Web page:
Naval Air Station Port Lyautey, Kenitra, Morocco

The photographs and comments on this page were contributed by Ed Wood, former BM2/c who served at Craw Field between 1944 - 1945. Craw Field later became the Port Lyautey Naval Air Station. He served there for 18 months.

Ed was assigned to a 63 foot air sea crash boat which patrolled off shore on area duty when the PBY5A's were pulled out of the water. He relates, "we picked up the crash boat in Jacksonville, it was made by the Huckins Yacht Company". "We went up the inland waterways to Norfolk with another boat". "We were both loaded on the deck of the USS Housatonic, a tanker loaded with aviation gas, joined a convoy and headed for Casablanca", We unloaded some fuel and headed for Port Lyautey where our boat was off-loaded and I went ashore as part of the crew". "The other boat went to Sardinia and was later lost in an invasion.

He also remembers the original Seabee group that landed there. "They landed with a rifle on one hand and a hammer in the other". "They were patching the runway while planes were landing"."They were an older group then the Seabees of today and many of them had worked on the Hoover Dam and other big projects". " They could set up a tent city over night". Ed went on to say that "when the war in Europe ended in May 1945, they wanted to get people out to the Pacific". "I left North Africa and arrived in NY the day before the big VJ Day celebration". I was then mustered out.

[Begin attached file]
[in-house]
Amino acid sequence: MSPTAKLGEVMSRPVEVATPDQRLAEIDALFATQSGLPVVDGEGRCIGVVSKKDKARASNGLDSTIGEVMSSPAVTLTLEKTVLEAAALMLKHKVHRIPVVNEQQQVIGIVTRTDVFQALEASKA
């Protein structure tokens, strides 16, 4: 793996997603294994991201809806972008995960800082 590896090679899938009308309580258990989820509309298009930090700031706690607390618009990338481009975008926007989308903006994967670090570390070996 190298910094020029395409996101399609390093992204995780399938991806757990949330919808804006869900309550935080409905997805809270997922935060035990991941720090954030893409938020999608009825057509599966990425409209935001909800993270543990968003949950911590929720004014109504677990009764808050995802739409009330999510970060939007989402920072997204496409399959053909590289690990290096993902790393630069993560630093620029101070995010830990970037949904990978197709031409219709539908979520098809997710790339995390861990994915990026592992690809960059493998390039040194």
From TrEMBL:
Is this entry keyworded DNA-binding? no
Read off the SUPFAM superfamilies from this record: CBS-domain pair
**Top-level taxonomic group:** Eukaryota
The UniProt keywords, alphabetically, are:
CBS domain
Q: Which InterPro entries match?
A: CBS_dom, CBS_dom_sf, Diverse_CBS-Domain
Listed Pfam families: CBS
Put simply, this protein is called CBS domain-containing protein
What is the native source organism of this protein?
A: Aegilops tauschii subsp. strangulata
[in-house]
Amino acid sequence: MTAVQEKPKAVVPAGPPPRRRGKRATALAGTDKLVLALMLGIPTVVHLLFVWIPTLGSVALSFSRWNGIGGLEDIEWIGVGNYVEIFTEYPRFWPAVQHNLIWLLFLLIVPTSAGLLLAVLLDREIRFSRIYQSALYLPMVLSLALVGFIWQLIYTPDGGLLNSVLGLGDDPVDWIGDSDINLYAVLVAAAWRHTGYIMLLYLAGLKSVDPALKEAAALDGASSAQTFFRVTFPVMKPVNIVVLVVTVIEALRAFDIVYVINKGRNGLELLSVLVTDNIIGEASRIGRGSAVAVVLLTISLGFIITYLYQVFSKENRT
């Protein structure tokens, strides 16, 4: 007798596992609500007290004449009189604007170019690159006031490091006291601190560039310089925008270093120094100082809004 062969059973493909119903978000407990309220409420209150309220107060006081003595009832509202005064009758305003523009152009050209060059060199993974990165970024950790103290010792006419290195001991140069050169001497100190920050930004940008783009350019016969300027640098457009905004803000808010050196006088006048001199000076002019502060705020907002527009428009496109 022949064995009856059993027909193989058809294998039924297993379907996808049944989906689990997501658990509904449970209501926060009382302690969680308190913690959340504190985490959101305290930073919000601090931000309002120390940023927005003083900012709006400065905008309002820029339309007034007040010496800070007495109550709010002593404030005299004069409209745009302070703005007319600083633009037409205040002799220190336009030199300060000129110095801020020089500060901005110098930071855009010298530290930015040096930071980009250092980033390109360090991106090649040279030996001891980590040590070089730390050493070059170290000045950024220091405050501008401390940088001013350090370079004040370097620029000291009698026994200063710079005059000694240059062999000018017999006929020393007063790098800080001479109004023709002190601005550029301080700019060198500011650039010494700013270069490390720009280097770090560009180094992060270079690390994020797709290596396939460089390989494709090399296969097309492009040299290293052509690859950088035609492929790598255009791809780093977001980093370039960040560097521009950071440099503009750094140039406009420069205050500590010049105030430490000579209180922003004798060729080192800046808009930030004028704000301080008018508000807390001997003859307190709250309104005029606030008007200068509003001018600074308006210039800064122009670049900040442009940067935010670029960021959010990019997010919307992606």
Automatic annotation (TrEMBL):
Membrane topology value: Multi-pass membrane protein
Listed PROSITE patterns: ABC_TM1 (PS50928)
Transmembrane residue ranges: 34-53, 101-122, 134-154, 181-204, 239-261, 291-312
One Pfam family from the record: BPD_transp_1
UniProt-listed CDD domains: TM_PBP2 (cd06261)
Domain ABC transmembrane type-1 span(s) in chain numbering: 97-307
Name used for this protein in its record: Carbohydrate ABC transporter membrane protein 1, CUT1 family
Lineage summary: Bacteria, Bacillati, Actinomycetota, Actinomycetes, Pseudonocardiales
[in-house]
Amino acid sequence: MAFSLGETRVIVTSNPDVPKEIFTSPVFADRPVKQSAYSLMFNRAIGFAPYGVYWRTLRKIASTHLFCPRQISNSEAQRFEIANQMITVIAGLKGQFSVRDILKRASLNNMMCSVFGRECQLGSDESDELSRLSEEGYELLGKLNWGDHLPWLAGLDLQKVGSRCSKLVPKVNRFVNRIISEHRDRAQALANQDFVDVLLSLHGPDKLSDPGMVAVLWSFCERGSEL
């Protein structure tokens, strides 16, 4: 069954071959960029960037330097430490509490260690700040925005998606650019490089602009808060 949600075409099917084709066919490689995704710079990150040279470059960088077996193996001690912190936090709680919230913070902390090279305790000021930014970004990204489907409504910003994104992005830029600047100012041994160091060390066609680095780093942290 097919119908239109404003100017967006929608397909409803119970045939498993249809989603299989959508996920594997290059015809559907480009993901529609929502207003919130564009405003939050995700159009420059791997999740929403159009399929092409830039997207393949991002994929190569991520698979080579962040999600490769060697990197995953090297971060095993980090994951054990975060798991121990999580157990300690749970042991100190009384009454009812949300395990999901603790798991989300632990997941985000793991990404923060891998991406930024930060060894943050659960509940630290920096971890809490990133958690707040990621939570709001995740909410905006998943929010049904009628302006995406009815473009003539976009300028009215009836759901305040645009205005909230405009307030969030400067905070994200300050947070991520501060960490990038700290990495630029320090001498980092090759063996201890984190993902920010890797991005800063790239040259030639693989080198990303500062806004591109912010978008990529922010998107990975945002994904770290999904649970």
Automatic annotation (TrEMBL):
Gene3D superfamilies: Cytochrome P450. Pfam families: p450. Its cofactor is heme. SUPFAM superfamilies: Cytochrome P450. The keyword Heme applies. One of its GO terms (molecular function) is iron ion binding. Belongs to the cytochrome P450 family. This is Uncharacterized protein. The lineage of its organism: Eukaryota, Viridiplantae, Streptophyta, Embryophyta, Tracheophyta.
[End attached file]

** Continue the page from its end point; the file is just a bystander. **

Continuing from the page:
He also noted that while reading the comments, on the website, regarding what people had to say about duty in the 50's and 60's, Port Lyautey did not sound like the same place.

A photograph of Craw Field taken from a Seabee crane. In the background can be seen aircraft and the air-strip. Landscaping in this photograph and the below right were done by Italian POW's.

BM2/c Ed Wood in front of quarters. Boat Division Quarters, Craw Field.

SS St. Hughes, sunk in the Sebou River during the Port Lyautey invasion. Craw Field crash boat crew.

Captured German Dormer in the Sebou River. Boat crew preparing for fox hole guard duty.

Out with the boys and the locals. Shore Patrol duck (?) hunt

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The above photograph of is a crashed blimp belonging to ZP-14. The blimp had been moored but one of the mooring lines was severed when a French Officer drove a vehicle onto the field, into the ZP-14 squadron unauthorized area and hit and severed the mooring line.

Ed Wood's 63 foot air sea crash boat

Ed Wood, BM2/C, on duty, off Port Lyautey!